Immediately after the pandemic

During the pandemic, most countries around the world closed schools, colleges and universities, causing disruption to families, teachers and students’ lives. As teaching moved online, education became unavailable to poorer families because of limited access to computers and high-speed internet. Some teachers and students experienced lost or disrupted services during particular times of the day due to high demand, while others experienced inadequate internet connections in rural areas. Poor families could not afford connections. Children with internet access required supervision by working parents, resulting in lower work productivity and increased stress for parents. Teachers also struggled to create engaging classes because of their lack of experience using online teaching tools. This affected children as their schooling environment changed.

Toward a post-COVID-19 society

The challenges of online education quickly became apparent with younger students. They were unable to socialise with classmates, learn from each other and enjoy more engaging classes with less screen time. However, the biggest downside is that education for some poorer children was temporarily frozen due to a lack of equipment and internet access. Furthermore, specialised education for individuals such as autistic students was also unavailable. Gradually, new online communication tools and support systems for children and the elderly have been introduced. Online tutorials for adults who want to learn new skills, such as cutting hair, became popular. As the education sector has been historically conservative and resistant to change, online learning has removed this barrier. This has led to people questioning the role of teachers and educational institutions.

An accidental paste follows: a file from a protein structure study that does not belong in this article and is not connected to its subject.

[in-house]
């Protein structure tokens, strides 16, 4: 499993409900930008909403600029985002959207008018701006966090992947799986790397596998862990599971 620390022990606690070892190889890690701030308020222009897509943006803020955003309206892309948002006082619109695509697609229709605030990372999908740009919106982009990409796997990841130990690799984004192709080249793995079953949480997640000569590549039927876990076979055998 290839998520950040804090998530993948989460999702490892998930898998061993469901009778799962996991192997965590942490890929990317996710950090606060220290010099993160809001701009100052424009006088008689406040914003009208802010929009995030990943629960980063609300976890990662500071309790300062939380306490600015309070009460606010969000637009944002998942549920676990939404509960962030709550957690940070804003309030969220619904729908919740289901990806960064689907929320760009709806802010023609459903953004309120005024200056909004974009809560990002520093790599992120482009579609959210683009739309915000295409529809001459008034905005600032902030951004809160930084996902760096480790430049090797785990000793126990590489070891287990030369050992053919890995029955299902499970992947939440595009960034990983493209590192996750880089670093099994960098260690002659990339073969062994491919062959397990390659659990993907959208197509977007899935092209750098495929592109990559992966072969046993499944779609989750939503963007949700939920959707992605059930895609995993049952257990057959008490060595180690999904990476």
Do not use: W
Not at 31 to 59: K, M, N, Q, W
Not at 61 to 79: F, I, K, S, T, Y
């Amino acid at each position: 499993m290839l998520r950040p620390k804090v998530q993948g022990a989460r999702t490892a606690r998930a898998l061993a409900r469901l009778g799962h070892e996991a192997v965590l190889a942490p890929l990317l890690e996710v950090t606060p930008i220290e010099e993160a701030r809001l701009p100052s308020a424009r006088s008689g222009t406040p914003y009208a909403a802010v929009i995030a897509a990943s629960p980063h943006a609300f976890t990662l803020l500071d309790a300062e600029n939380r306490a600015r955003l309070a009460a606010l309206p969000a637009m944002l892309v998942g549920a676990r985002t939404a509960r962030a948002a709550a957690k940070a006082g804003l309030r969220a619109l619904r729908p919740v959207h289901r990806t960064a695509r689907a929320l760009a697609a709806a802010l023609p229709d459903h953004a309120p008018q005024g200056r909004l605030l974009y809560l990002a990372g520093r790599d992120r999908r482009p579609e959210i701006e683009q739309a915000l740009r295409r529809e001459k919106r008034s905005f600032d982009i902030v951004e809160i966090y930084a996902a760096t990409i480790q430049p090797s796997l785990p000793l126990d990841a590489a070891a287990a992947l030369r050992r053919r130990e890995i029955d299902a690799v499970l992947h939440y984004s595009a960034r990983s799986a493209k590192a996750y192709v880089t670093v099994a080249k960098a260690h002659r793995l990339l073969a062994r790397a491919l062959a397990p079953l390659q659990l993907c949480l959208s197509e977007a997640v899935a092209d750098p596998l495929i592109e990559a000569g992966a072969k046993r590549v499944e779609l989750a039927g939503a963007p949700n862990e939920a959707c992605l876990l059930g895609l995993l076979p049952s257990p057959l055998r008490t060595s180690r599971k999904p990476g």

Advanced digital learning

New digital learning tools that use augmented and virtual reality technology will start to emerge, meaning that less parental supervision is needed. These tools will be able to mimic existing educational environments, help children to focus and allow a form of social interaction. By recognising the benefits of these tools, schools and universities will require this equipment as part of their syllabus. Teachers roles will change as they will be divided into more specialised groups, e.g. ‘Lecturer’, ‘Q&A to students’, ‘Planner’, ‘Advisor’.

Online education will become more personalised, diversified and distributed from a variety of sources to support individuals. Students will be able to choose how much time they spend on various subjects based on their aptitude. They will be able to personalise the length of their education. Google has already launched a Career Certificate that can help people to acquire the right skills and relevant employment in just six months. Famous universities that have attracted students from all over the world will have to adapt their service to stay on top. However, the meaning of a qualification and the trust in online certifications will become another challenge to solve.

Educational disparity in the digital age

As pupils will require expensive technology to learn efficiently at home, there will be a divide between those who have access to technology and those who do not. To reduce the education gap, new ‘learning hubs’ providing access to technology for digital learning will address the socially excluded, but as a paid subscription service. Governments will provide equipment, internet connection and support for the poorest families to ensure equality.

The digital literacy gap in society will increase because of learning flexibility. Privileged students will be able to diverge from school programmes and underprivileged students will continue with traditional programmes and traditional ways of learning. The increase of online learning allows students and children to learn at a flexible pace. Digital education giants will emerge. Privileged adults/children will attend many schools at the same time, picking a favourite specialist class from each, whereas poorer children will be limited to one less advanced traditional school.


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